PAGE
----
Unique accommodation that brings a pioneer vision to life
Longreach’s newest accommodation – The Staging Post – is inspired by the town’s old way of life. It recalls a time when the stagecoach brought pioneers and stockmen, shearers and hawkers, publicans and prospectors, and of course the much-anticipated mail.
The Kinnon family, founders and owners of Outback Pioneers, have long had a vision to create an experience for tourists that really immerses them in the outback pioneering world.
Now, in the heritage heart of Longreach, where visitors can still experience the thrill of a Cobb & Co stagecoach journey, another aspect of the vision has become reality.
The new Stables rooms at The Staging Post invite visitors to stay in boutique accommodation that merges outback pioneering heritage with contemporary comfort.
The inspired design and detailing for these unique rooms is the work of Marisse Kinnon, who previously designed the Kinnons’ award-winning accommodation opposite the Qantas Founders Museum in Longreach (now under a new name and management).
Putting the heart into the heritage heart of town
For the Kinnons, the location of the accommodation in Eagle Street, is part of their broader vision for the heritage precinct.
“The accommodation is all part of the broader story,” Marisse said.
“Everything hinges on that vision of a time when the stagecoach was the main lifeline to the outside world and a whole cluster of dwellings and facilities grew up around its staging posts.”
Stepping into the Stables rooms, visitors will not only find comfortable accommodation for their stay but a chance to experience many aspects of living in the pioneer era.
Marisse’s wants this to be a ‘wow’ experience – a chance to be inspired by the pioneering spirit.
“We’re pushing guests a little outside of their usual expectations with some things that are unfamiliar to them but at the same time they’re actually staying in 4-star comfort,” Marisse said.
“Compared with the accommodation we created before, which was based on the vision of a homestead, this takes the pioneer experience deeper.”
While the Kinnons’ previous accommodation had rooms built from new, the Stables rooms at The Staging Post took the more authentic pioneer approach of reinvention using found and repurposed materials.
Creativity, ingenuity and teamwork
The challenge for Marisse and her team in creating the Stables was not just the creative vision but the very tight timeline between finalising the purchase of the former motel property and the start of the winter season – about eight weeks!
Marisse and Auntie Fran, her right-hand woman on design and fittings, set to work in the midst of the COVID era with all its supply challenges for both building materials and furnishings. They did what pioneering women have always done best – using what is available with ingenuity to create what is needed.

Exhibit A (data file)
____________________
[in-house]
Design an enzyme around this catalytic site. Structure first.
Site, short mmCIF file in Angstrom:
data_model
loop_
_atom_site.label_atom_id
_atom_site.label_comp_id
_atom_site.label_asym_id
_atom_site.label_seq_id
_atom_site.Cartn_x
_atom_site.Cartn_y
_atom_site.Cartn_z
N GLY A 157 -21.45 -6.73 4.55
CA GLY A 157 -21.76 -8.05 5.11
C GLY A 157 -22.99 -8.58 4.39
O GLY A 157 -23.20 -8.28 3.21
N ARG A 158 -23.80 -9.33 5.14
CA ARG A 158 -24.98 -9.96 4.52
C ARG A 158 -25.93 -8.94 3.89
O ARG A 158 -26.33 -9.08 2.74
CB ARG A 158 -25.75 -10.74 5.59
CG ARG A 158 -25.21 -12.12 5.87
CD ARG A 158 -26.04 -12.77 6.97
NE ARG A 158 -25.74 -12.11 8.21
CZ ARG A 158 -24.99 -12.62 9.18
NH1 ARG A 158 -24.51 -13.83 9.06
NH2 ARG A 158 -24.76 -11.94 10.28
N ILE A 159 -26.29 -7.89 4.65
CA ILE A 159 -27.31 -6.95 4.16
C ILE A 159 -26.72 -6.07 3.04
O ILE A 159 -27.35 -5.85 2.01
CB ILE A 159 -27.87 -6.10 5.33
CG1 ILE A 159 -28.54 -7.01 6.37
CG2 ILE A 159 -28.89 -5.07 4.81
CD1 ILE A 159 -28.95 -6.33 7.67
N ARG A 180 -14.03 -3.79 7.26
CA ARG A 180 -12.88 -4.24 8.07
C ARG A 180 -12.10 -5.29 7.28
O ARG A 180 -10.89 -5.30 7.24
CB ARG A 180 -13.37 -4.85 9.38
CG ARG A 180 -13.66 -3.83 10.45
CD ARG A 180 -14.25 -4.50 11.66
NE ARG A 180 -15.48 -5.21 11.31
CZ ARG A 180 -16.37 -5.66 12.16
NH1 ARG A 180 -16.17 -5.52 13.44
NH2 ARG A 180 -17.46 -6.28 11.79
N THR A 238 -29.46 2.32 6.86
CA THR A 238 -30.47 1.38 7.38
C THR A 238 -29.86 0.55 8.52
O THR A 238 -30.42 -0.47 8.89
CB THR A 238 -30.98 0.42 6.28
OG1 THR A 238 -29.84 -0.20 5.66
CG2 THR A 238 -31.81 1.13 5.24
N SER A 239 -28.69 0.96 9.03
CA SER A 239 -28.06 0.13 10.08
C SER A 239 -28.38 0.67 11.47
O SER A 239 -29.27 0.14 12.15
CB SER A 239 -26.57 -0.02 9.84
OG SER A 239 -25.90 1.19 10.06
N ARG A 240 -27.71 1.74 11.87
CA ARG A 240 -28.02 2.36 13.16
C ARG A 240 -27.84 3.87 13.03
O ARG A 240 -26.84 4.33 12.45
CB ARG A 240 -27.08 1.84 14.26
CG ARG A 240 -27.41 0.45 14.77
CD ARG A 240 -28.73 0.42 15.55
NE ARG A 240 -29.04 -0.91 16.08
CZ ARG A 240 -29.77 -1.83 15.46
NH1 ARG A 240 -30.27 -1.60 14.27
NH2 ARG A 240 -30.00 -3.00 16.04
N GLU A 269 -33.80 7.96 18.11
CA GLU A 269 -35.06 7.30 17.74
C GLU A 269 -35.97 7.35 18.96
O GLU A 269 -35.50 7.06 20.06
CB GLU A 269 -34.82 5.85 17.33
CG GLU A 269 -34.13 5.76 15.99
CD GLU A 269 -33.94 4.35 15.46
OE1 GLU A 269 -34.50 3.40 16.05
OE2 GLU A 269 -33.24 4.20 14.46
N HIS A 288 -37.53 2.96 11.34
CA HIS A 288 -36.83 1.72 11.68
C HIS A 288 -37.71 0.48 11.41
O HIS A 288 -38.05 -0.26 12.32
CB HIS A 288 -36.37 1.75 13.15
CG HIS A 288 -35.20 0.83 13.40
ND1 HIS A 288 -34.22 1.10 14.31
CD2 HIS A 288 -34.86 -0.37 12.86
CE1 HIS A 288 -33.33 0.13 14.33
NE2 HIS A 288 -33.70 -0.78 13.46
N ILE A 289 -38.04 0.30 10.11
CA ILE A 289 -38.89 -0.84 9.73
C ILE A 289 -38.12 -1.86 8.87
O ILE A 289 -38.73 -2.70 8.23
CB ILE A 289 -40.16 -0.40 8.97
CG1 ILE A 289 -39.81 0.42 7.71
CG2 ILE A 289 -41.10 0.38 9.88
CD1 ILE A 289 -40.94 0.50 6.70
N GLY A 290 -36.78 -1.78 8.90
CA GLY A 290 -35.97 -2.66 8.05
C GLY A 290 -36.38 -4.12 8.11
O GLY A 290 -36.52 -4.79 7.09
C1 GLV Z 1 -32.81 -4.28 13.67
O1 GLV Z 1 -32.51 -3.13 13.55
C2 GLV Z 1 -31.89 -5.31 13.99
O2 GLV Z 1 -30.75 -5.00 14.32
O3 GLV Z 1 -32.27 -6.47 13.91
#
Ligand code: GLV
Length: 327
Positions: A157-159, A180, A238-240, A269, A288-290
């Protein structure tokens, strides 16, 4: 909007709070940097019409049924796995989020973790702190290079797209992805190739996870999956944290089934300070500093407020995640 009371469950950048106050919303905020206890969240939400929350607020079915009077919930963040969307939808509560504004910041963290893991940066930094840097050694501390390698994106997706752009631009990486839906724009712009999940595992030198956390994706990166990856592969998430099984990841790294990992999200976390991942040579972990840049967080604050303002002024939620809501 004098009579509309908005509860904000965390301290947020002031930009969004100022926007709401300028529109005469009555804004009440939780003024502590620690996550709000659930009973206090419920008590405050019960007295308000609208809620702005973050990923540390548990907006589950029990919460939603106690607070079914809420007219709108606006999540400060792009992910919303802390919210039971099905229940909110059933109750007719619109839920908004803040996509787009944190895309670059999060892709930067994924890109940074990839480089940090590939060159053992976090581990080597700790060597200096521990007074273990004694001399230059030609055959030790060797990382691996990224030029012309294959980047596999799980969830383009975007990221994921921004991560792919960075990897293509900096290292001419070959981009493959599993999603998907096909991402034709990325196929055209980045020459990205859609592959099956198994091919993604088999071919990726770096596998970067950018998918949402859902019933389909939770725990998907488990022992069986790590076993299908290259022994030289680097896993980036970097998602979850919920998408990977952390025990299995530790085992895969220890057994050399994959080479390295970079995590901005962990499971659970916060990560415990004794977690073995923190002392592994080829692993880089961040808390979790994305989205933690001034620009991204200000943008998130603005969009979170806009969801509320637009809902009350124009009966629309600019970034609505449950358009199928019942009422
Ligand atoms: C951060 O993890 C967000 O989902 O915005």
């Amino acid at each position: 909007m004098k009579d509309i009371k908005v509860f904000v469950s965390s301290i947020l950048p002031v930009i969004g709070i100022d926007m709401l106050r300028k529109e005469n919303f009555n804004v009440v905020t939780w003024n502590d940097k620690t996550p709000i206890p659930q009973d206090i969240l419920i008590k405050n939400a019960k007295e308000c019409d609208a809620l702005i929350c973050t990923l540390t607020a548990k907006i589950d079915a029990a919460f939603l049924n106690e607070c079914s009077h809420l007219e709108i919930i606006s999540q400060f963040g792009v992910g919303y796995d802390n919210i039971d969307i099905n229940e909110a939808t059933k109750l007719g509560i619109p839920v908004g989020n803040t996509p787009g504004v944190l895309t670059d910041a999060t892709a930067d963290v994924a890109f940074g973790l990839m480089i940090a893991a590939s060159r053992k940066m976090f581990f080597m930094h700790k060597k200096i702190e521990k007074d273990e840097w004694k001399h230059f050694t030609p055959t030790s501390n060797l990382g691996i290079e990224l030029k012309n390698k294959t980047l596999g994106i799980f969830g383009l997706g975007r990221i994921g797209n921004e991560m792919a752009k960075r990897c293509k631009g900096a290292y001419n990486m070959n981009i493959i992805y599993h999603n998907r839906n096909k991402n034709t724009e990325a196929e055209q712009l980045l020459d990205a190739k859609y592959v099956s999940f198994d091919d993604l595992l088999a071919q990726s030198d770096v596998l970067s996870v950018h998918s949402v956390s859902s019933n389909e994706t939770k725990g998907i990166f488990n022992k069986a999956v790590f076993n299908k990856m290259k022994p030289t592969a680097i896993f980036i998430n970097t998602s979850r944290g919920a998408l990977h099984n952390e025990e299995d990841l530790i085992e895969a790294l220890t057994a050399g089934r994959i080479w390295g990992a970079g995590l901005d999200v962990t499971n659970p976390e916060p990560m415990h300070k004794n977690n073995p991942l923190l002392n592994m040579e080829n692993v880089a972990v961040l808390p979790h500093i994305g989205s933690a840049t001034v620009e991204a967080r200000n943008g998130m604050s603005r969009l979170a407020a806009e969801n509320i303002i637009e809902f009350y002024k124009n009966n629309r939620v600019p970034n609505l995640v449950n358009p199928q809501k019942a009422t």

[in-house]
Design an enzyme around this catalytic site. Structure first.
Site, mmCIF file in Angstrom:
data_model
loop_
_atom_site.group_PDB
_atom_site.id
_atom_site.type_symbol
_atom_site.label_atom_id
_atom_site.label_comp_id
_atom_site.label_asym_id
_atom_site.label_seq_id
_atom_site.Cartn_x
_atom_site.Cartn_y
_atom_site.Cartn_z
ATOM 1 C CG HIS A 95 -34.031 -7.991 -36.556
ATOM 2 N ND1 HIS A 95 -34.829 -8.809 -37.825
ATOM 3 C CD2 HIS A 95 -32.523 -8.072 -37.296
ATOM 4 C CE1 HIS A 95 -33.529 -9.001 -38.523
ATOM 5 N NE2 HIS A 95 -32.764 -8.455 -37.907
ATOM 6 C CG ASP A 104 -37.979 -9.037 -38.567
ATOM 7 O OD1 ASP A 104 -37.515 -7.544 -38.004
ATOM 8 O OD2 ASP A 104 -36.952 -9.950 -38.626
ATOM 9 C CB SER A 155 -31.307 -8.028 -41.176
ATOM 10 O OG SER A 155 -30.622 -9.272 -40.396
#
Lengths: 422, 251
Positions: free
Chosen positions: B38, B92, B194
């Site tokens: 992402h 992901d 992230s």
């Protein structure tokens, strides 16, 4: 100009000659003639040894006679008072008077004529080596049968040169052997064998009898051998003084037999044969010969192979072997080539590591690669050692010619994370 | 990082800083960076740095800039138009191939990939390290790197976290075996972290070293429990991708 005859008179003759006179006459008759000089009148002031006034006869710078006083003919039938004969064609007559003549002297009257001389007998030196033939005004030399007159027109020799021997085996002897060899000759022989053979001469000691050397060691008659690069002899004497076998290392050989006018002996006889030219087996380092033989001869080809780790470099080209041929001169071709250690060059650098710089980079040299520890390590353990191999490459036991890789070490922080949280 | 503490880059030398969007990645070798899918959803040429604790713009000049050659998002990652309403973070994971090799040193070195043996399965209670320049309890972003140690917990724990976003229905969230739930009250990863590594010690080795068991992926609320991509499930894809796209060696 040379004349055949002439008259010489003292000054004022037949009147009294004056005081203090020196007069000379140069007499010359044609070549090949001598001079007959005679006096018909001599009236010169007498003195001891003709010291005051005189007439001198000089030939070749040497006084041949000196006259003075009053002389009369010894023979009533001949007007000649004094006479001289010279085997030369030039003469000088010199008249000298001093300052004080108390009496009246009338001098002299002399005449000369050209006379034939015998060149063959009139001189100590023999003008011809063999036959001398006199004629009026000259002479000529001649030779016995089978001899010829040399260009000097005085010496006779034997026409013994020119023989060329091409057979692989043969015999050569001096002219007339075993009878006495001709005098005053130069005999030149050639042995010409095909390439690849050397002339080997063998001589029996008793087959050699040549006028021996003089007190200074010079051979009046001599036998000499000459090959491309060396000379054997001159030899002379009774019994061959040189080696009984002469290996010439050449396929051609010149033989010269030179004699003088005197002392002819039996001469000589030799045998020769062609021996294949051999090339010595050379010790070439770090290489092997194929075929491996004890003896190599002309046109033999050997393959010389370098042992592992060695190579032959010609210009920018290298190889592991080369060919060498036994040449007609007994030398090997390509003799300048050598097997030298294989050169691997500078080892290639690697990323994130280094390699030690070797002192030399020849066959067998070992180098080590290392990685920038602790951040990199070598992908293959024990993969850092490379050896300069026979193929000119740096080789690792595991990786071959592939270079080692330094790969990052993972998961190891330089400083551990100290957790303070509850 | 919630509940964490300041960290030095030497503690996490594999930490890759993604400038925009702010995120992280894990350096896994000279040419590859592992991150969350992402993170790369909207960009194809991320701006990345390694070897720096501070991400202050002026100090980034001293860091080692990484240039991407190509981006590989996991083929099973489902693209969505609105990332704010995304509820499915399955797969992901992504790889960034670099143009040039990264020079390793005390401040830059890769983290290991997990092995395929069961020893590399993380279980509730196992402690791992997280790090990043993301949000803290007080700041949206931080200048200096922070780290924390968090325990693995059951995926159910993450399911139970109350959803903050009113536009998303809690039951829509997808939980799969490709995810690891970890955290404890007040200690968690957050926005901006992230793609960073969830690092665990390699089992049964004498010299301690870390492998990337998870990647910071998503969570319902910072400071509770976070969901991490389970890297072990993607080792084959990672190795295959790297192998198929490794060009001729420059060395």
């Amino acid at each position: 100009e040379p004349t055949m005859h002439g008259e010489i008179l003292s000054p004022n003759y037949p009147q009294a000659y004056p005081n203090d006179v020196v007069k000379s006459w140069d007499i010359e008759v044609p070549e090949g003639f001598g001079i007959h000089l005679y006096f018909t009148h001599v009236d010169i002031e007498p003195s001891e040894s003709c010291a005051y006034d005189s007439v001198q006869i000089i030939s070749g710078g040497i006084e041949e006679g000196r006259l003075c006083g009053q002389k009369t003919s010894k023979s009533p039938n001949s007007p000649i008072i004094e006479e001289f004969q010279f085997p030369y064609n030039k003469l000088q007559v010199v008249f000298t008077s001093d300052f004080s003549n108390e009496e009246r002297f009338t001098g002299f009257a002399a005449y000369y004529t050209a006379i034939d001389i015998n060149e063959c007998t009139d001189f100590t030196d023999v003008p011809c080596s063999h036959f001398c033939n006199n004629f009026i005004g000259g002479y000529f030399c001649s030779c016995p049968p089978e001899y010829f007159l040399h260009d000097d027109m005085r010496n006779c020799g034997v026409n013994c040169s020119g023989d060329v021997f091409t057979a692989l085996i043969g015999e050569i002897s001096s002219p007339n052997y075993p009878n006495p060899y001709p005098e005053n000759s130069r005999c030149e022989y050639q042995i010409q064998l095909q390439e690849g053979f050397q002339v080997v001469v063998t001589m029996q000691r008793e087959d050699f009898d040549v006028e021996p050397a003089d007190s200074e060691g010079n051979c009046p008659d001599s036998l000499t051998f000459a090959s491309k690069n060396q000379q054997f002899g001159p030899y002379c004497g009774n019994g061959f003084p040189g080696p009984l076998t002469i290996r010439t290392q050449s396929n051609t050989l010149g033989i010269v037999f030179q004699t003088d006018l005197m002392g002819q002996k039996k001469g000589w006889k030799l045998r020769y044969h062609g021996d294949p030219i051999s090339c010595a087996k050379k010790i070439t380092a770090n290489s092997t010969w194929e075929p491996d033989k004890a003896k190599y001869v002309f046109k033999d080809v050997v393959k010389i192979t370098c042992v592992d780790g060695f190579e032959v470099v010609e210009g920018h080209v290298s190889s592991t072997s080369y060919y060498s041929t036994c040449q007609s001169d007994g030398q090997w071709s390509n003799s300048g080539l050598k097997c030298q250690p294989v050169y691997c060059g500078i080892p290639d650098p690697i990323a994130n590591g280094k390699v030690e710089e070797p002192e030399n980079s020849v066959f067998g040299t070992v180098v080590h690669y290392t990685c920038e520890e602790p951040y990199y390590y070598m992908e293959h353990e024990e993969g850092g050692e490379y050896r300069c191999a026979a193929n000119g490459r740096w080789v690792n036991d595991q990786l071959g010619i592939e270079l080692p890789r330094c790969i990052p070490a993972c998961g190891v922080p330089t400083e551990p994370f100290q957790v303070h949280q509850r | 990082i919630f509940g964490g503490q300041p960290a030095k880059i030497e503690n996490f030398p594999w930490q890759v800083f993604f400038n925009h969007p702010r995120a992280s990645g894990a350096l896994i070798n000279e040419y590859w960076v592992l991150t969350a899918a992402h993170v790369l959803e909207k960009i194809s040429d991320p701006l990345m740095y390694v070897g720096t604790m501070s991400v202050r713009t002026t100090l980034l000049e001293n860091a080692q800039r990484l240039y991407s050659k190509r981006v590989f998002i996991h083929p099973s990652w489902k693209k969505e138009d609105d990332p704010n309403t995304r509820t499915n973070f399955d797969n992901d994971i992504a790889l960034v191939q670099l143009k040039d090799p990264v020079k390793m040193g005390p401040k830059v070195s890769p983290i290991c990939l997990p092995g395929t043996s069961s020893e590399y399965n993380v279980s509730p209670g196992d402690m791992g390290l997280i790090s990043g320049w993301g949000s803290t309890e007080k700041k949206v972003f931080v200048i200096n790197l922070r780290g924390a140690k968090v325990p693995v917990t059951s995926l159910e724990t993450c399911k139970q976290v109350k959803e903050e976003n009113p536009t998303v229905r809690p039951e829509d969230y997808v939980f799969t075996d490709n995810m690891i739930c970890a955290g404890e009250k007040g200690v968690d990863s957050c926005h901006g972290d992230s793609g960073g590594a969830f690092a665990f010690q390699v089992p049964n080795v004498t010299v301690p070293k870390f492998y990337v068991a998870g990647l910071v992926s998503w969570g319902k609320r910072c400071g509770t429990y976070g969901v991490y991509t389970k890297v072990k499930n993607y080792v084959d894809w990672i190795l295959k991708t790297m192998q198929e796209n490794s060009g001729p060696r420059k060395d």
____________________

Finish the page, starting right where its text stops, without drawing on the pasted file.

They called in the extended family and worked with a local building team to transform the ordinary brick motel into an incredible place from another era.
“The restrictions really draw out your creativity,” Marisse said. “And our local builders and trades-people got into the spirit of it and helped us re-use materials found around the homestead, people’s homes and demolition yards!”
“The amazing shower cages of copper piping were thanks to the plumber embracing the vision and finding a way to create something that is a quirky work of art as well as very functional. Everyone stopped work to see when he arrived with them!”
Transformed and inviting
Every element of the transformed rooms has a story. There are old telegraph poles from Nogo Station complete with their ceramics, there are bedside tables custom-made from recycled timber, there are door handles and hangers made from horse-shoes, and old gates as bedheads.
The barbed-wire-and-rose artworks for the walls have roses crafted from recycled cans by Richard’s sister-in-law, Jane.
Every member of the Kinnon family, plus friends, had a hand in finishing the details as the deadline for the first guests loomed.
The stone basins are inspired by hollowed stones found in the area and the galvanised bins and buckets give pioneer items new roles as towel containers and light-shades.
The ‘ticking’ fabric that was traditionally used and reused for bed covers, curtains and tablecloths creates very elegant bedding.
Where is the air-conditioning and TV? Cleverly hidden behind hessian curtains and in cupboards made from pallets so guests are comfortable without spoiling the illusion of the era.
The Saddle Room is a common room where guests can relax in comfy chairs with board games and books, or turn on the big screen if they want to retreat to the present day.
And more to come
The next stage of The Staging Post accommodation will be a refurbishment of The Coach Inn (self-catering units behind The Welcome Home) to make them more a place stagecoach travellers would recognise. Then there will be The Outriders Huts, which will take inspiration from the accommodation of the riders who helped protect the stagecoach from hazards and bushrangers.
Finally, the accommodation will include some special suites inspired by the places the well-to-do travellers would have stayed – fit for today’s VIPs, honeymooners and anyone who wants extra luxury for a special occasion.
The Staging Post is open year round and, between April and October, is very much in demand for visitors and groups doing the Outback Pioneers holidays and experiences.
The Welcome Home building, which is also part of the heritage precinct, is the reception for The Staging Post. It also welcomes guests for big country breakfasts, lunches and outback dining options for guests staying in the winter season. At other times of year, the local bakery and cafes are happy to feed hungry travellers.